Limiting Choice in Consumerism: Why Less Is Sometimes More

2 years ago

In 2022, the world differs greatly from the one we knew even 10 years ago. The move online has driven much of this change, which has affected every aspect of our day-to-day lives. It isn’t only that we spend more time online, with internet content consumption more than doubling in 2020. It’s also how we use it. Increasingly, the online world is becoming a means not only of communicating and sourcing information but a portal through which we shop.

As a result, eCommerce is booming, experiencing a jump of 10 percent in 2021 alone. There are now estimated to be around 3.8 billion online shoppers, with this number growing every day. Whatever we want to buy can be found online and at competitive prices.

But there’s one downside nobody warned us about: the limitless choices we’d be presented with. With eCommerce being accessible to both established brands and startups, everyone is trying to break into the market and become the most competitive retailer in their niche. For shoppers, this presents a problem. We become overwhelmed with options, wasting hours at a time researching and agonizing between one item and another. Most times, we go away buying nothing, giving up on the endeavor entirely.

It’s an issue most of us can sympathize with, for even business owners and marketing professionals are occasional consumers too. So, the question to be asking yourself is this: how can you resolve this problem and stop it from resulting in cart abandonment?

Let’s look at some solutions.

Why is too much choice a problem?

Image by mohamed Hassan from Pixabay 

Did you know that in 1949, the average grocery store stocked 3,700 products? While this may sound like a lot, compare it to today, where your typical supermarket has over 45,000 options on offer – all easily purchased not just in-store but online. It’s enough to make anyone’s head spin, especially if they’re wanting a quick and pain-free shopping experience. While choice is good, it also takes time, and that’s something modern consumers are typically short of.

If something becomes too difficult, chances are we’ll abandon it. Most of us are time-poor, so while we like competitive prices, there’s something we value even more: a quick and easy online experience. It’s down to businesses to deliver this. Here’s how you can help.

1. Use product recommendations

In our modern world, we’re always collecting data. This is easily accessible to any business that wants to use it to improve, and it makes it easier than you’d imagine to correctly guess what your customers might want.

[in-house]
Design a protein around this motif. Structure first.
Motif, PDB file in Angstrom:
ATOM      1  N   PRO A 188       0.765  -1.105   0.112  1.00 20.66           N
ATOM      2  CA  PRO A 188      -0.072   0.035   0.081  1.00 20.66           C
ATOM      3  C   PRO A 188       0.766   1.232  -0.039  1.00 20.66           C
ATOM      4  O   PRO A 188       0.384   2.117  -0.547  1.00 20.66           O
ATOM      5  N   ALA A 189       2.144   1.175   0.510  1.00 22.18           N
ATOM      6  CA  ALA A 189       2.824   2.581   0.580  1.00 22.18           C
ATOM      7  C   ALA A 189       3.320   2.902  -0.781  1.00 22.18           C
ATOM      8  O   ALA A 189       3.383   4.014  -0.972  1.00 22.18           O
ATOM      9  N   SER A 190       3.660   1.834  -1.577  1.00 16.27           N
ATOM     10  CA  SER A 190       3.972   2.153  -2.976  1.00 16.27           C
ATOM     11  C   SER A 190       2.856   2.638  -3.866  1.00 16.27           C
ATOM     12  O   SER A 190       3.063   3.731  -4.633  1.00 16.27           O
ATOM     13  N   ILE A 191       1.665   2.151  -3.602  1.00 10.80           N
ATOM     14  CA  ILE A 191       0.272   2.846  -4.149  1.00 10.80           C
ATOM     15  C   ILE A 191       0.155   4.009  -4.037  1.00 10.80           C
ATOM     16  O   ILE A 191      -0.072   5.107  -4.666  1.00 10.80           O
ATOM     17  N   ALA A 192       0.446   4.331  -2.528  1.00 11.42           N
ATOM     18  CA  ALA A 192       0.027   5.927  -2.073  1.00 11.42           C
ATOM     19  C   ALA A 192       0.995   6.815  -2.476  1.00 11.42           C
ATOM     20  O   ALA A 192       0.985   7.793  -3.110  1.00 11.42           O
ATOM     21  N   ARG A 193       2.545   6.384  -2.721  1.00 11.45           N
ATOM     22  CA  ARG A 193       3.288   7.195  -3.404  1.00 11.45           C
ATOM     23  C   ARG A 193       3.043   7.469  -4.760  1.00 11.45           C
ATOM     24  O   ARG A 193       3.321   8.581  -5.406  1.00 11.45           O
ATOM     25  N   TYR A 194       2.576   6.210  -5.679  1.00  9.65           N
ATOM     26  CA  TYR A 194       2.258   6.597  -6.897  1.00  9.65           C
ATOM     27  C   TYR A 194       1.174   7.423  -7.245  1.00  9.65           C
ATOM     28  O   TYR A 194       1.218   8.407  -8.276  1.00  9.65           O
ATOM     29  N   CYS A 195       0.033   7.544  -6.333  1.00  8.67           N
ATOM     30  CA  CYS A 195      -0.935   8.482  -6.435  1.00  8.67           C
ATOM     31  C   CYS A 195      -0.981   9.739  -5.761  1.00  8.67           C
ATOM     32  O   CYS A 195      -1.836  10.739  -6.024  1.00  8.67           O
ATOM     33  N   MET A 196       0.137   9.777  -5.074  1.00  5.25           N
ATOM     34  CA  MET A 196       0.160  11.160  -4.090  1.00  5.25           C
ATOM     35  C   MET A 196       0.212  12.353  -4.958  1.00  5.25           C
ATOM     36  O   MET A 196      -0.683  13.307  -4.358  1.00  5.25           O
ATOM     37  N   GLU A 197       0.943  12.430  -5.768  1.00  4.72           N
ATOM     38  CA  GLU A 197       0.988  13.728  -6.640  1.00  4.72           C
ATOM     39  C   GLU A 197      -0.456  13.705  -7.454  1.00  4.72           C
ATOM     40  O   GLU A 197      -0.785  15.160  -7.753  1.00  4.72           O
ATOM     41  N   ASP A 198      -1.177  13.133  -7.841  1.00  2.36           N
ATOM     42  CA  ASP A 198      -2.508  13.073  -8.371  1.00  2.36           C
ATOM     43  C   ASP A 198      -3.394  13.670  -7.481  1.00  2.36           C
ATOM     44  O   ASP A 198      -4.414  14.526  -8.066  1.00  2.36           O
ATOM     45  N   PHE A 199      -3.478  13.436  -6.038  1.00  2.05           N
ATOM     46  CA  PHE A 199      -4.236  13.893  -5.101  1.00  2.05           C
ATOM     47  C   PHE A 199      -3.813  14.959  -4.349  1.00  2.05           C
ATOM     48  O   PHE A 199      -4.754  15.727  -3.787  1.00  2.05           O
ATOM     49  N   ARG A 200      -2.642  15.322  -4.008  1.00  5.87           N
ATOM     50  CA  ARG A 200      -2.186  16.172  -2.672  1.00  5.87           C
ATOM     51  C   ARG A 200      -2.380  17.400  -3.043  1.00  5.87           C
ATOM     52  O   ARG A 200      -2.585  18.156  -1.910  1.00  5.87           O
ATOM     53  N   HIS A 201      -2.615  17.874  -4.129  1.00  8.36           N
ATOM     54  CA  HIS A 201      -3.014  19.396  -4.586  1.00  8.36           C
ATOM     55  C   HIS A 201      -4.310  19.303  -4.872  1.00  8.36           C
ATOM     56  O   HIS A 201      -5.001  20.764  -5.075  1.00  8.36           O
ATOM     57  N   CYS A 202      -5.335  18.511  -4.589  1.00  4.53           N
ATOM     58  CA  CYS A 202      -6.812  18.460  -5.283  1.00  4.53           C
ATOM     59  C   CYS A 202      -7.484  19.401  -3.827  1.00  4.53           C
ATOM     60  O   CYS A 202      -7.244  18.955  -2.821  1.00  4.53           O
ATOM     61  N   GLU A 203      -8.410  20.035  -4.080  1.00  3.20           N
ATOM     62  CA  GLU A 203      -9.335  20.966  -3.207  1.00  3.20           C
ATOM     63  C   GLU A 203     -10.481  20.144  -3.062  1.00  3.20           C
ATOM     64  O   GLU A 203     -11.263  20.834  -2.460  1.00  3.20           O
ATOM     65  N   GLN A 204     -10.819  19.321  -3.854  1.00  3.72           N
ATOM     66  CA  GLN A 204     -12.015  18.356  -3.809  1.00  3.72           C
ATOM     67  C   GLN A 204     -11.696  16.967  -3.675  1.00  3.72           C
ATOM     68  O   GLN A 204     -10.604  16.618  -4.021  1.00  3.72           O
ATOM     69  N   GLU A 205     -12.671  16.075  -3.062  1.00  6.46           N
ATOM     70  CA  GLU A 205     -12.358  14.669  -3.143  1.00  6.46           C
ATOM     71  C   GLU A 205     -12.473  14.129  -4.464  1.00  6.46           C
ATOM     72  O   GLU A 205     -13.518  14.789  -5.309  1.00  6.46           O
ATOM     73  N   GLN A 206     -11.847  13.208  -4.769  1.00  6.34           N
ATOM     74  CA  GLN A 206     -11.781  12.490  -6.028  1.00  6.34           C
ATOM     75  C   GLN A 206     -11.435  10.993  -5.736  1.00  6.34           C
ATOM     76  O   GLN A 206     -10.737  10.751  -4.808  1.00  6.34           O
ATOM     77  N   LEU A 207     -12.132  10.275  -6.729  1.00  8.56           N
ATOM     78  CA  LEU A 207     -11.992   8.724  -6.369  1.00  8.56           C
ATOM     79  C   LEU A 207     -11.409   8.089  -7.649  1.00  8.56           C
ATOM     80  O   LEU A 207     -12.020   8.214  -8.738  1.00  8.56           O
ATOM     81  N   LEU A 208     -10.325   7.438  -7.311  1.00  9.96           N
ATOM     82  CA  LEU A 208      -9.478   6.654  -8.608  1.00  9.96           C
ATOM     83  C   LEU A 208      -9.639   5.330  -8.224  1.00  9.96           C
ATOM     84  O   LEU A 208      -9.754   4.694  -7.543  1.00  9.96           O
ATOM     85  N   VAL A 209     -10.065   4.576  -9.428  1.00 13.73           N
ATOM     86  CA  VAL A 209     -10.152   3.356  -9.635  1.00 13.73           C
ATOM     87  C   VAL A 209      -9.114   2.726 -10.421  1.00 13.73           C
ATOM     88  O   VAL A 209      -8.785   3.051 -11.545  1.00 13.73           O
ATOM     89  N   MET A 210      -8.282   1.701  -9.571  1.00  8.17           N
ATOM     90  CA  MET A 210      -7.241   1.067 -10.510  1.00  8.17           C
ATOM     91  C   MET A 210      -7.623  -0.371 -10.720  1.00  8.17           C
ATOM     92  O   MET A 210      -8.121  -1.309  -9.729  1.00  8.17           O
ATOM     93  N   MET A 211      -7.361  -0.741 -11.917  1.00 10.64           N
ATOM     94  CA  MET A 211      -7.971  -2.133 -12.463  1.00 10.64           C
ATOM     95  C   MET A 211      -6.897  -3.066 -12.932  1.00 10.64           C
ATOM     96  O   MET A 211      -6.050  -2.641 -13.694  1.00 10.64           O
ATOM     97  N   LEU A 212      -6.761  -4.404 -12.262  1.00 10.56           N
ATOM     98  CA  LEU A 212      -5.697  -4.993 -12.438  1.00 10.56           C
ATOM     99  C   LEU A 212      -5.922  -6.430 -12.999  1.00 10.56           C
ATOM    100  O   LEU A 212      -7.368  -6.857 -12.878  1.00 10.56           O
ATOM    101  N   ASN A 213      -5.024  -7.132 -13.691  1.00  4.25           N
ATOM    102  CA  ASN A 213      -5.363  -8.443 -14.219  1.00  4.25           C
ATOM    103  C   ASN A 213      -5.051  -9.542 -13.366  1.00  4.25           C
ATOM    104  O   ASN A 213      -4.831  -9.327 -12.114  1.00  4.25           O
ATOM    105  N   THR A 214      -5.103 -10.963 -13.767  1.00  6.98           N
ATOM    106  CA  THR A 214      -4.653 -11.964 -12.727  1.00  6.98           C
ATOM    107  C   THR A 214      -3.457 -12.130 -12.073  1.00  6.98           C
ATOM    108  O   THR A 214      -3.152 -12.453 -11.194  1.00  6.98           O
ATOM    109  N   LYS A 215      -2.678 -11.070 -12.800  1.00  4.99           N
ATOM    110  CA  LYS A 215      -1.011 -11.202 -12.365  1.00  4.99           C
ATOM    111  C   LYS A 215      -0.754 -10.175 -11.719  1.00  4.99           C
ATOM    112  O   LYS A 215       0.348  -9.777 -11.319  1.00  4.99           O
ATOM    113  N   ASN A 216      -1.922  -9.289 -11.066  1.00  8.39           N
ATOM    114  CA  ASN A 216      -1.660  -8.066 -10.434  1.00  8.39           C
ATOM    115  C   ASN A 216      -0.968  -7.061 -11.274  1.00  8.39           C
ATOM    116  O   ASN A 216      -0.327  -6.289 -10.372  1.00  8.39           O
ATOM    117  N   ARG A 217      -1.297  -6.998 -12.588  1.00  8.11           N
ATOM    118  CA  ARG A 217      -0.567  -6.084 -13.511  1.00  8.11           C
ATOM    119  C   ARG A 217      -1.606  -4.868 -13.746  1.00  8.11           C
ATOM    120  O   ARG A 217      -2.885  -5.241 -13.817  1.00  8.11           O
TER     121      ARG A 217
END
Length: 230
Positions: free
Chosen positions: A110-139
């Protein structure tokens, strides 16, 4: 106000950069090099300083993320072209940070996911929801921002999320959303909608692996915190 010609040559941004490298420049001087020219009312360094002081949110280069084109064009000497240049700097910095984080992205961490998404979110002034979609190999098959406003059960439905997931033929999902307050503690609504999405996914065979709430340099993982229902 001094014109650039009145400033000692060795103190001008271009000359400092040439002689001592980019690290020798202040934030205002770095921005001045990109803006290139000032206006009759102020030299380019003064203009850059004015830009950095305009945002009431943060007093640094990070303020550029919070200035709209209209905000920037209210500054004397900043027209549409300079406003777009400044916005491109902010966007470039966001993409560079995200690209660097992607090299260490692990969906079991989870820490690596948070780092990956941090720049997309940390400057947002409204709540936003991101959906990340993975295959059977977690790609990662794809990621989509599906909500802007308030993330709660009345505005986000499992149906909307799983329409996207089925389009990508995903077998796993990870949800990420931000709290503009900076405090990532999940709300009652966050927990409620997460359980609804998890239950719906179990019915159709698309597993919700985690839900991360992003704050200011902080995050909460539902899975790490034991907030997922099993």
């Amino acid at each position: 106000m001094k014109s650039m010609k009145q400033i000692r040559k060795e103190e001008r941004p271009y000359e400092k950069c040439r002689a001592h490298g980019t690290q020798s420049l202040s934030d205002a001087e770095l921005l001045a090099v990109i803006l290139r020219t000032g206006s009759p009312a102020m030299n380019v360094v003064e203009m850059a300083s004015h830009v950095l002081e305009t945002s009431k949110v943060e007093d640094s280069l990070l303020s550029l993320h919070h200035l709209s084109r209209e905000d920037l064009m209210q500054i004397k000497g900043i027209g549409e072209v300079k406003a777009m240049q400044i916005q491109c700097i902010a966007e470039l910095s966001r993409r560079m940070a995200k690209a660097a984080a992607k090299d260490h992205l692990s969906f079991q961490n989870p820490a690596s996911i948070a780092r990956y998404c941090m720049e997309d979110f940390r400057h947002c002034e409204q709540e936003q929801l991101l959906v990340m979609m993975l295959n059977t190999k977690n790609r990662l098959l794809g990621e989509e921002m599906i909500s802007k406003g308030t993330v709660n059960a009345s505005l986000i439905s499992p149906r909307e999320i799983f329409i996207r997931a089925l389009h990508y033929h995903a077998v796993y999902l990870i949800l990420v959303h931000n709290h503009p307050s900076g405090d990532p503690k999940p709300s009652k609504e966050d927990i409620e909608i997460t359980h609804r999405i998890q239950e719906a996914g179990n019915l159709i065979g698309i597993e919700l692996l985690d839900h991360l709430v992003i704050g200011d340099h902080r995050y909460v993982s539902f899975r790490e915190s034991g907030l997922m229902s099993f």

Make sure you’re tracking any useful data on consumer behavior, from the pages customers have visited on your site to what they’ve bought from you before. They can then feed this into a product recommendation engine. This is a special type of software that analyzes data on shoppers to discover what types of offerings will most interest them. It saves them from having to evaluate each product themselves and sends them in the right direction with minimal time and effort on their part.

2. Make it easy to find what they’re looking for

We’d also suggest making it easier to navigate your site. There’s nothing wrong with offering lots of options, so long as you avoid making the experience overwhelming. Take the casino online Betway site and ASOS as examples. While these businesses belong to different niches, both make it simple for users to filter down results and find what they’re looking for. This saves them the hassle of having to sift through multiple products – many of no interest to them. Unsurprisingly, both industries have seen a huge growth in the last decade.

It doesn’t matter whether they’re looking for a specific slot title or a little black dress – either way, they can quickly narrow down the results, so they’re only shown the items they want to see.

3. Make sure your products are recommended in the right places

On a more far-reaching note, it pays to make sure your products are being recommended in the right places and by the right people. This means that if you sell multi-line office phone systems, you want your products to be the one browsers stumble across first. One way to ensure this is by partnering with bloggers and getting them to review your products. This approach works for all goods and services, from mini-fridges to mono laser printers. In the absence of doing independent research, most consumers turn to the internet for help, and if you’re not recommended there, you’ll be losing out on a lot of sales.

In this same vein, invest in your SEO. The sooner your website appears in relevant search results, the more likely it is time-poor consumers will purchase from you.

When it comes to understanding the conundrum of choice, it’s less about restricting what you sell and more about making the process of discovery easier. Use our helpful tips to do this, and your online sales will soar.

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